Network Time Protocol (NTP) is one of the Internet’s oldest protocols still used, invented by Dr David Mills from the University of Delaware, it has been in utilized since 1985. NTP is a protocol designed to synchronize the clocks on computers and networks across the Internet or Local Area Networks (LANs).
NTP (version 4) can maintain time over the public Internet to within 10 milliseconds (1/100th of a second) and can perform even better over LANs with accuracies of 200 microseconds (1/5000th of a second) under ideal conditions.
NTP works within the TCP/IP suite and relies on UDP, a less complex form of NTP exists called Simple Network Time Protocol (SNTP) that does not require the storing of information about previous communications, needed by NTP. It is used in some devices and applications where high accuracy timing is not as important.
Time synchronisation with NTP is relatively simple, it synchronises time with reference to a reliable clock source. This source could be relative (a computer’s internal clock or the time on a wrist-watch) or absolute (A UTC – Universal Coordinated Time – clock source that is accurate as is humanely possible).
Atomic clocks are the most absolute time-keeping devices; however, they are extremely expensive and are generally only to be found in large-scale physics laboratories. However, NTP can synchronise networks to an atomic clock by using either the Global Positioning system (GPS) network, a specialist radio transmission or over the Internet. However, it must be noted that Microsoft strongly recommends that an external based timing should be used rather than Internet based, as these can’t be authenticated.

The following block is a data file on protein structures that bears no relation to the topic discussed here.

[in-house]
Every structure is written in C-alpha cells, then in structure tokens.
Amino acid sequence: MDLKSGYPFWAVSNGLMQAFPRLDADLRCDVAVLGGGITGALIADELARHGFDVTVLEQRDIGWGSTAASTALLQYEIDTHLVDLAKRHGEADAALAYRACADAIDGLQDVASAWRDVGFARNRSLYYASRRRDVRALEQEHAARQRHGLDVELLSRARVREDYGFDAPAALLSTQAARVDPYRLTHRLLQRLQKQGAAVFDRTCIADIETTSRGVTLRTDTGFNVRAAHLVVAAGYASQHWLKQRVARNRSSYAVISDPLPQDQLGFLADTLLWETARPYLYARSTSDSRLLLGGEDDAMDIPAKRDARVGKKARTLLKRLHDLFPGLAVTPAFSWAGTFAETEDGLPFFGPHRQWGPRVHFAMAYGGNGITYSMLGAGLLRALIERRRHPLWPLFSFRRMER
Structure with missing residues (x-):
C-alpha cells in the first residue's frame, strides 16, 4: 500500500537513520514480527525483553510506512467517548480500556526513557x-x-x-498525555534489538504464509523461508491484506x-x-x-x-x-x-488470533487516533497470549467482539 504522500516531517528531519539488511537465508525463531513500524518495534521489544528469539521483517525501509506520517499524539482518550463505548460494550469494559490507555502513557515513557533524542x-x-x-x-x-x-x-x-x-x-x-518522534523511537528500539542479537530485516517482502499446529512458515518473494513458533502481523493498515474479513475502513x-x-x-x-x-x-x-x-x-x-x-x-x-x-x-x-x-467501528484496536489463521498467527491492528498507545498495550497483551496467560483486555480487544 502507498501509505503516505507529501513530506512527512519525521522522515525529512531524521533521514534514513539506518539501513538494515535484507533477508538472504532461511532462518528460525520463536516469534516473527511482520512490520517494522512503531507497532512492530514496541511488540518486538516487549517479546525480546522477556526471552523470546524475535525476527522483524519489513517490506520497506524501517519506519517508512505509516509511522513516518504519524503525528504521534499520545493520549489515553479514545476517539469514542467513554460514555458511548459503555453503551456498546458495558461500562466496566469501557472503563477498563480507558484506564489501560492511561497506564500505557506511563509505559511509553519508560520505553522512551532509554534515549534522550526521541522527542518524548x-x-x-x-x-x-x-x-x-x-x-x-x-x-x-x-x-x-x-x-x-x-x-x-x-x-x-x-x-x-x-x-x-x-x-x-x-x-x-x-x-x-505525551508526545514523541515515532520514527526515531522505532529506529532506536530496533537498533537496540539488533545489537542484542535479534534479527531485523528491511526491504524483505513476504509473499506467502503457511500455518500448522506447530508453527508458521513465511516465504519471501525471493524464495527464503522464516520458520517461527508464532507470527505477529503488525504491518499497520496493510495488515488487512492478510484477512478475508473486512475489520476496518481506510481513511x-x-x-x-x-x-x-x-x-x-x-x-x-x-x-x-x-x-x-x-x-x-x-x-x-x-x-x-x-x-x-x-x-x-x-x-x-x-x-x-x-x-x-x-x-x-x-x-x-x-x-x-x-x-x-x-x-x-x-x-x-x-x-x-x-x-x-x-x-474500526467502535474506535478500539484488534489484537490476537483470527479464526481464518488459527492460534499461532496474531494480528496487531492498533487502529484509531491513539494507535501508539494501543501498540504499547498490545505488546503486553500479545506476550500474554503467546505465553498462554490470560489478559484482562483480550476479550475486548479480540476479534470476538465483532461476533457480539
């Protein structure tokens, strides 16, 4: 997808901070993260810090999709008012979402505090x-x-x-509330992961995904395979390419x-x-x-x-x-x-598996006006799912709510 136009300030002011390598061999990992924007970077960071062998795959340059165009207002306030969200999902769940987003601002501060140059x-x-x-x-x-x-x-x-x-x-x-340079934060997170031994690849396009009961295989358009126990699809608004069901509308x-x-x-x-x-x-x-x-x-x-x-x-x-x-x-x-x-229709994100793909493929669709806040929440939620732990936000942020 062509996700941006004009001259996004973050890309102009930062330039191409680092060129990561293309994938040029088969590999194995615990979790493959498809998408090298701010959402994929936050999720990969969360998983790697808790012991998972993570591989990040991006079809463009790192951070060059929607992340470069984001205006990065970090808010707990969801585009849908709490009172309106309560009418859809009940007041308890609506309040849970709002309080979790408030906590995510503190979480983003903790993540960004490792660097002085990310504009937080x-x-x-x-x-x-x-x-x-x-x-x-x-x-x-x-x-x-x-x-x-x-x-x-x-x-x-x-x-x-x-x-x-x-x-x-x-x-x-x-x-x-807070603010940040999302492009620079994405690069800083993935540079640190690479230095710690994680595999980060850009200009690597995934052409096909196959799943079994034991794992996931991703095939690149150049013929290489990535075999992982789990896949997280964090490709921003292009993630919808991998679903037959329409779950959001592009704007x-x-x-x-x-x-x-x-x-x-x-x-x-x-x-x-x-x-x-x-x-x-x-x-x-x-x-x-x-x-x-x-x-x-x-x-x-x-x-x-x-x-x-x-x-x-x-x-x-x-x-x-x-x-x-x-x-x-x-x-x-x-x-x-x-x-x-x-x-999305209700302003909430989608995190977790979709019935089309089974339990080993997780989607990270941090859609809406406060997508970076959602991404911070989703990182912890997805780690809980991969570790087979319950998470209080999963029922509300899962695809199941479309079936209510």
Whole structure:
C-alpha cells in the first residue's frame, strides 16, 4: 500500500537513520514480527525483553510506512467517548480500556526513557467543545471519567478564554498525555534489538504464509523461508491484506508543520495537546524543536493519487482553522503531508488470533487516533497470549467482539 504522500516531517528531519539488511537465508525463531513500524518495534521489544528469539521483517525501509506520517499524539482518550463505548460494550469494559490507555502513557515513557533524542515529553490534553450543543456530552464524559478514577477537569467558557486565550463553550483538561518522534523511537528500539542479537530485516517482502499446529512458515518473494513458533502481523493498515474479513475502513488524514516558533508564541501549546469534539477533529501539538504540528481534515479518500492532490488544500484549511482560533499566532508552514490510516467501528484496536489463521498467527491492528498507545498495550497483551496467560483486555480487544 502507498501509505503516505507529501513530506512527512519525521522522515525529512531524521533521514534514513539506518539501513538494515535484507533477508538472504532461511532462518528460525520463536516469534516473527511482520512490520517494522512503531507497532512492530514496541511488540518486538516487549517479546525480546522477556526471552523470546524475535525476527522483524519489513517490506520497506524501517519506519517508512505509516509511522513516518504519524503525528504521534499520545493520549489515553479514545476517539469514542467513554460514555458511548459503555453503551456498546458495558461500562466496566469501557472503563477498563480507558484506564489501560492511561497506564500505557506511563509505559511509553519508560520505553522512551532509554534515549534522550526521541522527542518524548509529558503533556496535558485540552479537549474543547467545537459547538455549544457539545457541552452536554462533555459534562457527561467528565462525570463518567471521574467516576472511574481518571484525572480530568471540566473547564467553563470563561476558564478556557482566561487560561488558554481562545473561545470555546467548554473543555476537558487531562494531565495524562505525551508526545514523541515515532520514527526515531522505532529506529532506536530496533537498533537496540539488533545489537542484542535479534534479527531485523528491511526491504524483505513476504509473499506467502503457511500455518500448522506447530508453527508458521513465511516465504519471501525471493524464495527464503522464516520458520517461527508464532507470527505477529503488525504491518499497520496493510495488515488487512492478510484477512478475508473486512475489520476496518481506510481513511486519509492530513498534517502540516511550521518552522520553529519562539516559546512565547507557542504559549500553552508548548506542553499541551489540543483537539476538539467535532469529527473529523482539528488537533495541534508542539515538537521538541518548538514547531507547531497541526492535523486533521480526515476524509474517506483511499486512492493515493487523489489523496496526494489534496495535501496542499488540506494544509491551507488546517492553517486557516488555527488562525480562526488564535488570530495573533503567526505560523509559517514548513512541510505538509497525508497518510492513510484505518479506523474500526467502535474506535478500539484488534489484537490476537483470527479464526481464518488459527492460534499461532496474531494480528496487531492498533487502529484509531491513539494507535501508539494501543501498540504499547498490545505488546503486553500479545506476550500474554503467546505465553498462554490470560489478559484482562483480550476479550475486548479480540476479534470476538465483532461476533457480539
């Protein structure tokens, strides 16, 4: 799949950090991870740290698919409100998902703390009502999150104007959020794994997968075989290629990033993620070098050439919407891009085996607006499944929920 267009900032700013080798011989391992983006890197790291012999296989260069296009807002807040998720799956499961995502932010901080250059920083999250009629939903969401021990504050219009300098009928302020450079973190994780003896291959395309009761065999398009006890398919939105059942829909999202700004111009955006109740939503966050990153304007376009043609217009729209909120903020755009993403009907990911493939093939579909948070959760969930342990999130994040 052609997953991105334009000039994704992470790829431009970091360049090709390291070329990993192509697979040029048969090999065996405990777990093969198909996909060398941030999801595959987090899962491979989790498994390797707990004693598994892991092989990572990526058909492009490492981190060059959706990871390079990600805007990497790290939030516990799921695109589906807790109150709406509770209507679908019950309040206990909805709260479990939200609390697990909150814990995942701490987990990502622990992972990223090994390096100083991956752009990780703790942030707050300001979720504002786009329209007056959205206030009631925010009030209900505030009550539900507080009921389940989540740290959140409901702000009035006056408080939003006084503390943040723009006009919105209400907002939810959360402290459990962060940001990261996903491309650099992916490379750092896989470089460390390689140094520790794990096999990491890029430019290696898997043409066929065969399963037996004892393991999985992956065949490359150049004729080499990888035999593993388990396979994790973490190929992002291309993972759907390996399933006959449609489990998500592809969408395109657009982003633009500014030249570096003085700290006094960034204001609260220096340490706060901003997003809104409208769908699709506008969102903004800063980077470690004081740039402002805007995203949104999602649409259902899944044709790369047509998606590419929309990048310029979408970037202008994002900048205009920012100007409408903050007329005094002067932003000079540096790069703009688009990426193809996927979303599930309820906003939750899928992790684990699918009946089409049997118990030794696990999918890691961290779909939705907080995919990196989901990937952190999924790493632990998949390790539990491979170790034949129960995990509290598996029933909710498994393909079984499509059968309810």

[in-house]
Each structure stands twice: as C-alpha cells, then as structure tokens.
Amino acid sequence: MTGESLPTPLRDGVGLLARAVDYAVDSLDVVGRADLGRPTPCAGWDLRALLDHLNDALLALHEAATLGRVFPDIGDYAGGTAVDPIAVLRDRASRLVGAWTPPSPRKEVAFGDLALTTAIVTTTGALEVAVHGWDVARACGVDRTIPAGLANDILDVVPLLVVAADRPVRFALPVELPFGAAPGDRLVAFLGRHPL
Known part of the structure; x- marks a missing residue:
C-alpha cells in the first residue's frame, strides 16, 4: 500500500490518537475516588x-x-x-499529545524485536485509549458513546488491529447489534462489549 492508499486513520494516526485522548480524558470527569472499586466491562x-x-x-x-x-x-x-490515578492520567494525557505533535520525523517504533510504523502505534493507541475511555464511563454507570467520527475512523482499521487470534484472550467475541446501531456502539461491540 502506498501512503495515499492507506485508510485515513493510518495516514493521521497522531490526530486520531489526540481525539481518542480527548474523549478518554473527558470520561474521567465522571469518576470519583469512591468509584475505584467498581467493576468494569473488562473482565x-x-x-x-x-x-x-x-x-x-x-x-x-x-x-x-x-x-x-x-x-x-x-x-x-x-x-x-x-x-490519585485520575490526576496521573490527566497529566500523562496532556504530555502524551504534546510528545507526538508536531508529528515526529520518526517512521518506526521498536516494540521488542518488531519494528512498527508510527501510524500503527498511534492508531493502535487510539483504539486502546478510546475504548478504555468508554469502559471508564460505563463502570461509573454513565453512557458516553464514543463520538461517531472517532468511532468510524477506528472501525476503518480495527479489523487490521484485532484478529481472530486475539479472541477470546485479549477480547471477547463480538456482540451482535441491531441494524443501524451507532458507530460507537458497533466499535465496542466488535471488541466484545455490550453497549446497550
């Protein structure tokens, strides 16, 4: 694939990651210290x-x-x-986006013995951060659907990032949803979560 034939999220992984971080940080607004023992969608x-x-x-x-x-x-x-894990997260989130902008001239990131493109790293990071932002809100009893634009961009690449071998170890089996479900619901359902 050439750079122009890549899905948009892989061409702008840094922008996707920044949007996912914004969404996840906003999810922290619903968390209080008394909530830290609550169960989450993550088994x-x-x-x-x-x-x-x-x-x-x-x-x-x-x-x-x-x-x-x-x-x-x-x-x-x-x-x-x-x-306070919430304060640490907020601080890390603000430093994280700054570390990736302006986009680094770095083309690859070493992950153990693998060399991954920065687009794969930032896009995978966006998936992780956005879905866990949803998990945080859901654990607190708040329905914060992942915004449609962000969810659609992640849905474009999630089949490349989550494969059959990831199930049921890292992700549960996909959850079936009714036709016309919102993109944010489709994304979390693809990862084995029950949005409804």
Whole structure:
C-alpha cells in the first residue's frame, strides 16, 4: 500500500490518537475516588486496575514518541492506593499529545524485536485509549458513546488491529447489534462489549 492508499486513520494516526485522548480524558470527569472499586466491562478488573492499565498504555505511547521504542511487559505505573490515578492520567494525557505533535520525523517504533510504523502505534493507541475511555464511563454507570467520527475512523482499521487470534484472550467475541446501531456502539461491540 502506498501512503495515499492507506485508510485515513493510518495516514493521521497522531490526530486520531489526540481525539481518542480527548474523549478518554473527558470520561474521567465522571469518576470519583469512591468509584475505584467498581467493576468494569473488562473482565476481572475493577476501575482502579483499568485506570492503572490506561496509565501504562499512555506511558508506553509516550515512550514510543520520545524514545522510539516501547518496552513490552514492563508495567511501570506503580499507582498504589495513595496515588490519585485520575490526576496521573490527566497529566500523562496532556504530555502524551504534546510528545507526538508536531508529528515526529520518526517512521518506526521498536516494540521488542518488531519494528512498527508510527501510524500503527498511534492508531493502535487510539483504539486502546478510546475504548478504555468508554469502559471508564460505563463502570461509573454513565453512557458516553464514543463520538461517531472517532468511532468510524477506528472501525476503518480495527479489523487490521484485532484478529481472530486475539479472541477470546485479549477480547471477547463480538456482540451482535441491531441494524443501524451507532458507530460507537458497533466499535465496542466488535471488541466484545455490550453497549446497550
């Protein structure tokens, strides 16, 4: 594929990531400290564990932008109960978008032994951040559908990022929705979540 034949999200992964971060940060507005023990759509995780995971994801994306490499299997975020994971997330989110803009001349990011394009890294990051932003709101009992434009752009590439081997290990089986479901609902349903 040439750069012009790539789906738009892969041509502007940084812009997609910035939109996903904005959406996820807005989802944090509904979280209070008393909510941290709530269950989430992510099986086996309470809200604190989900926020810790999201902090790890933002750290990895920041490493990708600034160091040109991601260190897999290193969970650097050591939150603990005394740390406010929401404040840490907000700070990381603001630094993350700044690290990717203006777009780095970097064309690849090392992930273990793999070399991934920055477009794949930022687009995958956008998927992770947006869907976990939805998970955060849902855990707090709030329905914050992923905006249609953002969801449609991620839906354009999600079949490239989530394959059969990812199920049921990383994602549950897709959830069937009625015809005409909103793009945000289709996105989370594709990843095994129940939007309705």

GPS is an ideal time and frequency source because it can provide highly accurate time anywhere in the world using relatively cheap components. Each GPS satellite transmits in two frequencies L2 for the military use and L1 for use by civilians transmitted at 1575 MHz, Low-cost GPS antennas and receivers are now widely available.
The signal transmitted by the satellite can pass through windows but can be blocked by buildings so the ideal location for a GPS antenna is on a rooftop with a good view of the sky. The more satellites it can receive from the better the signal. However, roof-mounted antennas can be prone to lighting strikes or other voltage surges, so installation of a suppressor inline on the GPS cable is highly recommend.
The cable between the GPS antenna and receiver is also critical. The maximum distance that a cable can run is normally only 20-30 metres but a high quality coax cable combined with a GPS amplifier placed in-line to boost the gain of the antenna can allow in excess of 100 metre cable runs.
A GPS receiver then decodes the GPS signal sent from the antenna to a computer readable protocol which can be utilised by most time servers and operating systems including, Windows, LINUX and UNIX.
The GPS receiver also outputs a precise pulse every second that GPS Network Time Protocol (NTP) servers and computer time servers may utilise to provide ultra-precise timing. The pulse-per-second timing on most receivers is accurate to within 0.001 of a second of UTC.
GPS is ideal in providing NTP time servers or stand-alone computers with a highly accurate external reference for synchronisation. Even with relatively low cost equipment, accuracy of hundred nanoseconds (a nanosecond = a billionth of a second) can be reasonably achieved using GPS as an external reference.